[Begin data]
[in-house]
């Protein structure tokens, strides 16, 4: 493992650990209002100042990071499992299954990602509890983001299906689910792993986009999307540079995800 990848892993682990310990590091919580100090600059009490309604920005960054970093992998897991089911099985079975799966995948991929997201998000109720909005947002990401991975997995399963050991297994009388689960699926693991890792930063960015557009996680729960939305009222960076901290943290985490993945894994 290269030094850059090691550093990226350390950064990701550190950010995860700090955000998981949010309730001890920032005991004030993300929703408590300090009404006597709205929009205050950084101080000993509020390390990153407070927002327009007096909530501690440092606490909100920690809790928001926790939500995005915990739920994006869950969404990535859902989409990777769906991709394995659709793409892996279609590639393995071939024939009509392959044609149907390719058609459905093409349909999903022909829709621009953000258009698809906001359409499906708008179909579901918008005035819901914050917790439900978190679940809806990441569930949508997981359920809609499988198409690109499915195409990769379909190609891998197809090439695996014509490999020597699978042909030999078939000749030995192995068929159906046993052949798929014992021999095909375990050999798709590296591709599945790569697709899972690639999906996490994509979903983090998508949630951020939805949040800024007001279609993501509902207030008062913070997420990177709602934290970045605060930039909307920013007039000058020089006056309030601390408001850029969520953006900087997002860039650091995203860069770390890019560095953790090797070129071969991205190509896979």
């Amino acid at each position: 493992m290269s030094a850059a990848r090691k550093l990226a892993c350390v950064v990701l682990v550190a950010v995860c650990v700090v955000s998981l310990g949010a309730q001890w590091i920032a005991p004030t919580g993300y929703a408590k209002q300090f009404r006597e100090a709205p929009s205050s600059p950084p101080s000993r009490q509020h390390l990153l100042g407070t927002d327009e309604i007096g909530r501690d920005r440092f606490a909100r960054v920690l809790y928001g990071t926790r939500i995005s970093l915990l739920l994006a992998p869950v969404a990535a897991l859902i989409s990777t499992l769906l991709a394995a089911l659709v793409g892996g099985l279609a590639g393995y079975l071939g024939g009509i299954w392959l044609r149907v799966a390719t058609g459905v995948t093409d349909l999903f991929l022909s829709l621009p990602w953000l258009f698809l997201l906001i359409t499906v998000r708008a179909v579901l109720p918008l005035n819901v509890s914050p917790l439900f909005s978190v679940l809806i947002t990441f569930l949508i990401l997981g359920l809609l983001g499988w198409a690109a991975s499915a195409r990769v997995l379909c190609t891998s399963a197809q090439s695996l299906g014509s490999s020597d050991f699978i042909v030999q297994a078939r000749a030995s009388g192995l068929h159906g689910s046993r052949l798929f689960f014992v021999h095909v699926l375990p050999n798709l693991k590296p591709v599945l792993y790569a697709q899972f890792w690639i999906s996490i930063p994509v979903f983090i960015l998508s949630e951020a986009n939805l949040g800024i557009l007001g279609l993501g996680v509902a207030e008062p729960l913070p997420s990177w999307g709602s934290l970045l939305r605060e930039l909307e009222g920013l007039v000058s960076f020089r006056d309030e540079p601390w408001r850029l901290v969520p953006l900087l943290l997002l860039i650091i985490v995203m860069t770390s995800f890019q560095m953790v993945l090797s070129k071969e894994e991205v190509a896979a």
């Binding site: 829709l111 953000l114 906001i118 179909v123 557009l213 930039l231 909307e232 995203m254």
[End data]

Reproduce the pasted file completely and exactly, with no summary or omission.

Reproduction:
[in-house]
């Protein structure tokens, strides 16, 4: 493992650990209002100042990071499992299954990602509890983001299906689910792993986009999307540079995800 990848892993682990310990590091919580100090600059009490309604920005960054970093992998897991089911099985079975799966995948991929997201998000109720909005947002990401991975997995399963050991297994009388689960699926693991890792930063960015557009996680729960939305009222960076901290943290985490993945894994 290269030094850059090691550093990226350390950064990701550190950010995860700090955000998981949010309730001890920032005991004030993300929703408590300090009404006597709205929009205050950084101080000993509020390390990153407070927002327009007096909530501690440092606490909100920690809790928001926790939500995005915990739920994006869950969404990535859902989409990777769906991709394995659709793409892996279609590639393995071939024939009509392959044609149907390719058609459905093409349909999903022909829709621009953000258009698809906001359409499906708008179909579901918008005035819901914050917790439900978190679940809806990441569930949508997981359920809609499988198409690109499915195409990769379909190609891998197809090439695996014509490999020597699978042909030999078939000749030995192995068929159906046993052949798929014992021999095909375990050999798709590296591709599945790569697709899972690639999906996490994509979903983090998508949630951020939805949040800024007001279609993501509902207030008062913070997420990177709602934290970045605060930039909307920013007039000058020089006056309030601390408001850029969520953006900087997002860039650091995203860069770390890019560095953790090797070129071969991205190509896979």
């Amino acid at each position: 493992m290269s030094a850059a990848r090691k550093l990226a892993c350390v950064v990701l682990v550190a950010v995860c650990v700090v955000s998981l310990g949010a309730q001890w590091i920032a005991p004030t919580g993300y929703a408590k209002q300090f009404r006597e100090a709205p929009s205050s600059p950084p101080s000993r009490q509020h390390l990153l100042g407070t927002d327009e309604i007096g909530r501690d920005r440092f606490a909100r960054v920690l809790y928001g990071t926790r939500i995005s970093l915990l739920l994006a992998p869950v969404a990535a897991l859902i989409s990777t499992l769906l991709a394995a089911l659709v793409g892996g099985l279609a590639g393995y079975l071939g024939g009509i299954w392959l044609r149907v799966a390719t058609g459905v995948t093409d349909l999903f991929l022909s829709l621009p990602w953000l258009f698809l997201l906001i359409t499906v998000r708008a179909v579901l109720p918008l005035n819901v509890s914050p917790l439900f909005s978190v679940l809806i947002t990441f569930l949508i990401l997981g359920l809609l983001g499988w198409a690109a991975s499915a195409r990769v997995l379909c190609t891998s399963a197809q090439s695996l299906g014509s490999s020597d050991f699978i042909v030999q297994a078939r000749a030995s009388g192995l068929h159906g689910s046993r052949l798929f689960f014992v021999h095909v699926l375990p050999n798709l693991k590296p591709v599945l792993y790569a697709q899972f890792w690639i999906s996490i930063p994509v979903f983090i960015l998508s949630e951020a986009n939805l949040g800024i557009l007001g279609l993501g996680v509902a207030e008062p729960l913070p997420s990177w999307g709602s934290l970045l939305r605060e930039l909307e009222g920013l007039v000058s960076f020089r006056d309030e540079p601390w408001r850029l901290v969520p953006l900087l943290l997002l860039i650091i985490v995203m860069t770390s995800f890019q560095m953790v993945l090797s070129k071969e894994e991205v190509a896979a």
């Binding site: 829709l111 953000l114 906001i118 179909v123 557009l213 930039l231 909307e232 995203m254």